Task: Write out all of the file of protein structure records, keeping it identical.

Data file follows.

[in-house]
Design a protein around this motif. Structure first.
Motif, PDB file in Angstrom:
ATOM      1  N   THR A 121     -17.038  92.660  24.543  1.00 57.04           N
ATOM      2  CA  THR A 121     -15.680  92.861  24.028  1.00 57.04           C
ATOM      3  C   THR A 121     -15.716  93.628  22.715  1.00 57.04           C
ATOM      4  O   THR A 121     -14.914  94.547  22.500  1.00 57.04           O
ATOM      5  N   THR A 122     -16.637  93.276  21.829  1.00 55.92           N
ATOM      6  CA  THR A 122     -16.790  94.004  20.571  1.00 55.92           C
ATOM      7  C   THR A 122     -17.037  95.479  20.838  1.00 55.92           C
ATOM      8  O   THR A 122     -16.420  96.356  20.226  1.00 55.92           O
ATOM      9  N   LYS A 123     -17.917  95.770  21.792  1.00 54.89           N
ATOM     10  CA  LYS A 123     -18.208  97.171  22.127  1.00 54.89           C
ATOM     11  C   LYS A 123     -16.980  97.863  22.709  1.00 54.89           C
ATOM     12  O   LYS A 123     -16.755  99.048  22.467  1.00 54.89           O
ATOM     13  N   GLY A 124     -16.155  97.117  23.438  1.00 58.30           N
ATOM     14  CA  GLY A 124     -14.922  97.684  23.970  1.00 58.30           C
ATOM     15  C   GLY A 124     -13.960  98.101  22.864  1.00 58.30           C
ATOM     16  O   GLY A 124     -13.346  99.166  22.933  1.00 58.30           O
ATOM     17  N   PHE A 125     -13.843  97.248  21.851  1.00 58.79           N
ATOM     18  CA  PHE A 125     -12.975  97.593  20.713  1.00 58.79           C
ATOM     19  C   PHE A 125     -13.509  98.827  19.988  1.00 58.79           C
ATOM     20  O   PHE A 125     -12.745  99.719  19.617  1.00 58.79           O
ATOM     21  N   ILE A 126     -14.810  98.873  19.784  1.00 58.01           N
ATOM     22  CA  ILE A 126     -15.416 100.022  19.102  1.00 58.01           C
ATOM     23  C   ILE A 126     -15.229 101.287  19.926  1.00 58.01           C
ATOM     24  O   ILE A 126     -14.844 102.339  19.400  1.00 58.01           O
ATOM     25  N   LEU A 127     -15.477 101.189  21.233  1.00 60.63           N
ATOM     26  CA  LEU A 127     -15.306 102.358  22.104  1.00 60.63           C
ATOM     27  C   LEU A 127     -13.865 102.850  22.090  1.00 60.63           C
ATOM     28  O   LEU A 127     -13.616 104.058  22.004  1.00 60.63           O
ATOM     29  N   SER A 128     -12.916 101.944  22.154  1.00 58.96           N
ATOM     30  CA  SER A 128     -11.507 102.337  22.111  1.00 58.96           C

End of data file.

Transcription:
[in-house]
Design a protein around this motif. Structure first.
Motif, PDB file in Angstrom:
ATOM      1  N   THR A 121     -17.038  92.660  24.543  1.00 57.04           N
ATOM      2  CA  THR A 121     -15.680  92.861  24.028  1.00 57.04           C
ATOM      3  C   THR A 121     -15.716  93.628  22.715  1.00 57.04           C
ATOM      4  O   THR A 121     -14.914  94.547  22.500  1.00 57.04           O
ATOM      5  N   THR A 122     -16.637  93.276  21.829  1.00 55.92           N
ATOM      6  CA  THR A 122     -16.790  94.004  20.571  1.00 55.92           C
ATOM      7  C   THR A 122     -17.037  95.479  20.838  1.00 55.92           C
ATOM      8  O   THR A 122     -16.420  96.356  20.226  1.00 55.92           O
ATOM      9  N   LYS A 123     -17.917  95.770  21.792  1.00 54.89           N
ATOM     10  CA  LYS A 123     -18.208  97.171  22.127  1.00 54.89           C
ATOM     11  C   LYS A 123     -16.980  97.863  22.709  1.00 54.89           C
ATOM     12  O   LYS A 123     -16.755  99.048  22.467  1.00 54.89           O
ATOM     13  N   GLY A 124     -16.155  97.117  23.438  1.00 58.30           N
ATOM     14  CA  GLY A 124     -14.922  97.684  23.970  1.00 58.30           C
ATOM     15  C   GLY A 124     -13.960  98.101  22.864  1.00 58.30           C
ATOM     16  O   GLY A 124     -13.346  99.166  22.933  1.00 58.30           O
ATOM     17  N   PHE A 125     -13.843  97.248  21.851  1.00 58.79           N
ATOM     18  CA  PHE A 125     -12.975  97.593  20.713  1.00 58.79           C
ATOM     19  C   PHE A 125     -13.509  98.827  19.988  1.00 58.79           C
ATOM     20  O   PHE A 125     -12.745  99.719  19.617  1.00 58.79           O
ATOM     21  N   ILE A 126     -14.810  98.873  19.784  1.00 58.01           N
ATOM     22  CA  ILE A 126     -15.416 100.022  19.102  1.00 58.01           C
ATOM     23  C   ILE A 126     -15.229 101.287  19.926  1.00 58.01           C
ATOM     24  O   ILE A 126     -14.844 102.339  19.400  1.00 58.01           O
ATOM     25  N   LEU A 127     -15.477 101.189  21.233  1.00 60.63           N
ATOM     26  CA  LEU A 127     -15.306 102.358  22.104  1.00 60.63           C
ATOM     27  C   LEU A 127     -13.865 102.850  22.090  1.00 60.63           C
ATOM     28  O   LEU A 127     -13.616 104.058  22.004  1.00 60.63           O
ATOM     29  N   SER A 128     -12.916 101.944  22.154  1.00 58.96           N
ATOM     30  CA  SER A 128     -11.507 102.337  22.111  1.00 58.96           C